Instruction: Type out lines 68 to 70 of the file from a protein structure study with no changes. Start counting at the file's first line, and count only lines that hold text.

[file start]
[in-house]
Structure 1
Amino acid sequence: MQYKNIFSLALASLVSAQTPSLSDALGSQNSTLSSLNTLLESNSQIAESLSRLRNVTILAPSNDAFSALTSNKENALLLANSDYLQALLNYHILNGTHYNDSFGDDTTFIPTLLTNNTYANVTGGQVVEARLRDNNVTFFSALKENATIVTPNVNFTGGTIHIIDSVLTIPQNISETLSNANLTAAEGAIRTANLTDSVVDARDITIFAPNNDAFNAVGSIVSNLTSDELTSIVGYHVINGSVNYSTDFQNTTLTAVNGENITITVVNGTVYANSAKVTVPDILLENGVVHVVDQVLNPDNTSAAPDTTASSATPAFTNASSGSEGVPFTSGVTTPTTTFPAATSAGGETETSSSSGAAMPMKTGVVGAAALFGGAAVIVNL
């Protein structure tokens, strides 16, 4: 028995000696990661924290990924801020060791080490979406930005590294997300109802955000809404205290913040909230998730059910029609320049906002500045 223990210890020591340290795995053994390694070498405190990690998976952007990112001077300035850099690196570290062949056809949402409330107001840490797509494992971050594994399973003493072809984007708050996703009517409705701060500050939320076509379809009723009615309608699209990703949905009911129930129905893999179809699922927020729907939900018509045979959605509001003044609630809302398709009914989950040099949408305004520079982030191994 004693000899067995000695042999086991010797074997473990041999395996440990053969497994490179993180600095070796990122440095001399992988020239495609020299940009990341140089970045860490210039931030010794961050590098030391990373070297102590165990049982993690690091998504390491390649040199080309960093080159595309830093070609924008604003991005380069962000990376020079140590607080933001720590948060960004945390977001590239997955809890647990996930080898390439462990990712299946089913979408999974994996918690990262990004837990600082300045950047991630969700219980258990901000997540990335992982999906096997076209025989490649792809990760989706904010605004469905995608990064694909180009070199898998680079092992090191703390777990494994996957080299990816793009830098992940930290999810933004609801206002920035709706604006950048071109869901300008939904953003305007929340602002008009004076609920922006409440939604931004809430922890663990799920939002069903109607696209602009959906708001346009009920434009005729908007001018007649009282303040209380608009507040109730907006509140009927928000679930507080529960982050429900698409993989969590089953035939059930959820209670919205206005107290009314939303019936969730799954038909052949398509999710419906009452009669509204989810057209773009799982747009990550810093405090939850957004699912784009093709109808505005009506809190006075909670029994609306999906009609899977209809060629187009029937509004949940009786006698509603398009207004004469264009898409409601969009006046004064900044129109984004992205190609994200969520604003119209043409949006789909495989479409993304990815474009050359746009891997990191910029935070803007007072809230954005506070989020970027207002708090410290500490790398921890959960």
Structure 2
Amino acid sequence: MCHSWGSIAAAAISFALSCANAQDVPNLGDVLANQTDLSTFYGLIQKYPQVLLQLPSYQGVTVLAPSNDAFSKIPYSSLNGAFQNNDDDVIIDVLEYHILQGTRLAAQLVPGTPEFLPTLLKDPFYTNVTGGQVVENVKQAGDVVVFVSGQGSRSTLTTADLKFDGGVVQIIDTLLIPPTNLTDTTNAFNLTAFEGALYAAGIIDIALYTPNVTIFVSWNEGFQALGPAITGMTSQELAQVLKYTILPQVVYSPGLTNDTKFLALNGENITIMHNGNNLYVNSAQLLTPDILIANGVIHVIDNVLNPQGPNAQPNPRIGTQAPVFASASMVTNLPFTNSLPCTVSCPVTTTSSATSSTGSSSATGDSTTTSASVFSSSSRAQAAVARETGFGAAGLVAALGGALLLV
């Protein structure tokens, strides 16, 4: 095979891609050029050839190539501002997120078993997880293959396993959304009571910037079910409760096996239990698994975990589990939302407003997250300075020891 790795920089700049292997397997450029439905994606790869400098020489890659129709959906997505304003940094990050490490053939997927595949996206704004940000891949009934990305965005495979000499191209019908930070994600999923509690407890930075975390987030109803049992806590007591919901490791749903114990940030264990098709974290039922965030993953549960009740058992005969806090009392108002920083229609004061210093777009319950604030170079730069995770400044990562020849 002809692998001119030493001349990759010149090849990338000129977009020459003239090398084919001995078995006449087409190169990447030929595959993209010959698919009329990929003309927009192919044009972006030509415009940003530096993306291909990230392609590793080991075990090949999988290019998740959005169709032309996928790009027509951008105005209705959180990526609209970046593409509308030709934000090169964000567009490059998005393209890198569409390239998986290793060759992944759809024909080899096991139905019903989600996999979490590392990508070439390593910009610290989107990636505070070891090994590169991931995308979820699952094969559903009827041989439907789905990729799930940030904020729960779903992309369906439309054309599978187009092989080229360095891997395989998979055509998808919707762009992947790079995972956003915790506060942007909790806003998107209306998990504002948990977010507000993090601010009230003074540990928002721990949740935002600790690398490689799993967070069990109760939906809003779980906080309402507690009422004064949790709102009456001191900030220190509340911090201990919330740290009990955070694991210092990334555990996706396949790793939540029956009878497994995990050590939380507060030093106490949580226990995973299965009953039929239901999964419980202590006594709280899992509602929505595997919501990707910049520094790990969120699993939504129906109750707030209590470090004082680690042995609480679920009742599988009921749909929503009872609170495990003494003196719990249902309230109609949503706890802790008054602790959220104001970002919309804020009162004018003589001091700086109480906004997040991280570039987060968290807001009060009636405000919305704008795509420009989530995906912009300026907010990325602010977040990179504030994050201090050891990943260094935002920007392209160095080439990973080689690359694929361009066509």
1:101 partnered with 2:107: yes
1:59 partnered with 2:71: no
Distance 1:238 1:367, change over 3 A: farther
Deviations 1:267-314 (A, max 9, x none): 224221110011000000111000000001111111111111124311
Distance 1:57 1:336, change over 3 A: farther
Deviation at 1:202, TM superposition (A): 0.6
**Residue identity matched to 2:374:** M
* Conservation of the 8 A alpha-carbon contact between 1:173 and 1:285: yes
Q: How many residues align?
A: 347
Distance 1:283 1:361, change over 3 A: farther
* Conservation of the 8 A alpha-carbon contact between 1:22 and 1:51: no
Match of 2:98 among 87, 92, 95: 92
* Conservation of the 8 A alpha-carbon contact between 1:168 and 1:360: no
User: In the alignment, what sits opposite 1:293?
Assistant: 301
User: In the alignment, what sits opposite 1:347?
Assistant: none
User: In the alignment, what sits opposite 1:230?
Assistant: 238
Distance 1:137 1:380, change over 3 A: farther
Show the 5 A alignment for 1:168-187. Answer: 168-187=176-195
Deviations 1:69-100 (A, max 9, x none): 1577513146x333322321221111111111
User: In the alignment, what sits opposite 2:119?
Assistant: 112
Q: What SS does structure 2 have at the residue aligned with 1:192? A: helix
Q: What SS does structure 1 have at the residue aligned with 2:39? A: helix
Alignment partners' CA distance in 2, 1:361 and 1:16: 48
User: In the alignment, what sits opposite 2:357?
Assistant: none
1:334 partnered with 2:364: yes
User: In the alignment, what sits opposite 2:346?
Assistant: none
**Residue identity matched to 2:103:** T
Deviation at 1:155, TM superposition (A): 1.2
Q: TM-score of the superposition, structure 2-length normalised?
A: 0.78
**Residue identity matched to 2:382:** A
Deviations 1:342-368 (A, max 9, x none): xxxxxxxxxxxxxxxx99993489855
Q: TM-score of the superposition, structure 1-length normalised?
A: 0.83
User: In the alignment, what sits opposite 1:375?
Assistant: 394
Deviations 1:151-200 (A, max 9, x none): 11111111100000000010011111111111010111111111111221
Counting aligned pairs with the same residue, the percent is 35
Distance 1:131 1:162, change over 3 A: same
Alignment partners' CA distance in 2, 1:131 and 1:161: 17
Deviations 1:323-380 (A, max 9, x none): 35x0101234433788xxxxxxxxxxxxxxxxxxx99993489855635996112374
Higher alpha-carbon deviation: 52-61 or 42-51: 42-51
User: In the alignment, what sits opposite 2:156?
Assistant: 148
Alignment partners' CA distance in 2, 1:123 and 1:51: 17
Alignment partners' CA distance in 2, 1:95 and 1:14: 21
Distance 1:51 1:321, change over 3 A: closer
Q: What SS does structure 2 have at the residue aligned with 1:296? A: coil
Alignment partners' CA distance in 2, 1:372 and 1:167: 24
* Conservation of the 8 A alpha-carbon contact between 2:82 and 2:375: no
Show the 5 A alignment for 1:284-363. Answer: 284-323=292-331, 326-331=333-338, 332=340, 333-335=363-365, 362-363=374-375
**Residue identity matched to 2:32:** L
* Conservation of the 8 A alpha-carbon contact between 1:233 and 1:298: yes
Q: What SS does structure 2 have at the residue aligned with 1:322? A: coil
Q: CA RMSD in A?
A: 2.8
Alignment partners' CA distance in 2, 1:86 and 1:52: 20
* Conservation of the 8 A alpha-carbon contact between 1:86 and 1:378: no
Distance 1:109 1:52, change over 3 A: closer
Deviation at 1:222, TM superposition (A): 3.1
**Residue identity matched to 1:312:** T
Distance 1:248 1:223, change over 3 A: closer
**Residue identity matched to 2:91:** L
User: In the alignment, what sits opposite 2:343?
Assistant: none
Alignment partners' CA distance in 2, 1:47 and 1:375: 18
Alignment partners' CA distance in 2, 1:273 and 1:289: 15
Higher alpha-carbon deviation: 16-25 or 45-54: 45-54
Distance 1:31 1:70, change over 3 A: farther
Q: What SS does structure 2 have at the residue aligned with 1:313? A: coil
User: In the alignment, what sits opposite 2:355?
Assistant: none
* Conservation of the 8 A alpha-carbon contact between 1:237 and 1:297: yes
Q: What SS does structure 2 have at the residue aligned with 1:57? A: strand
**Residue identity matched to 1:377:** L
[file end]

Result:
Q: What SS does structure 2 have at the residue aligned with 1:322? A: coil
Q: CA RMSD in A?
A: 2.8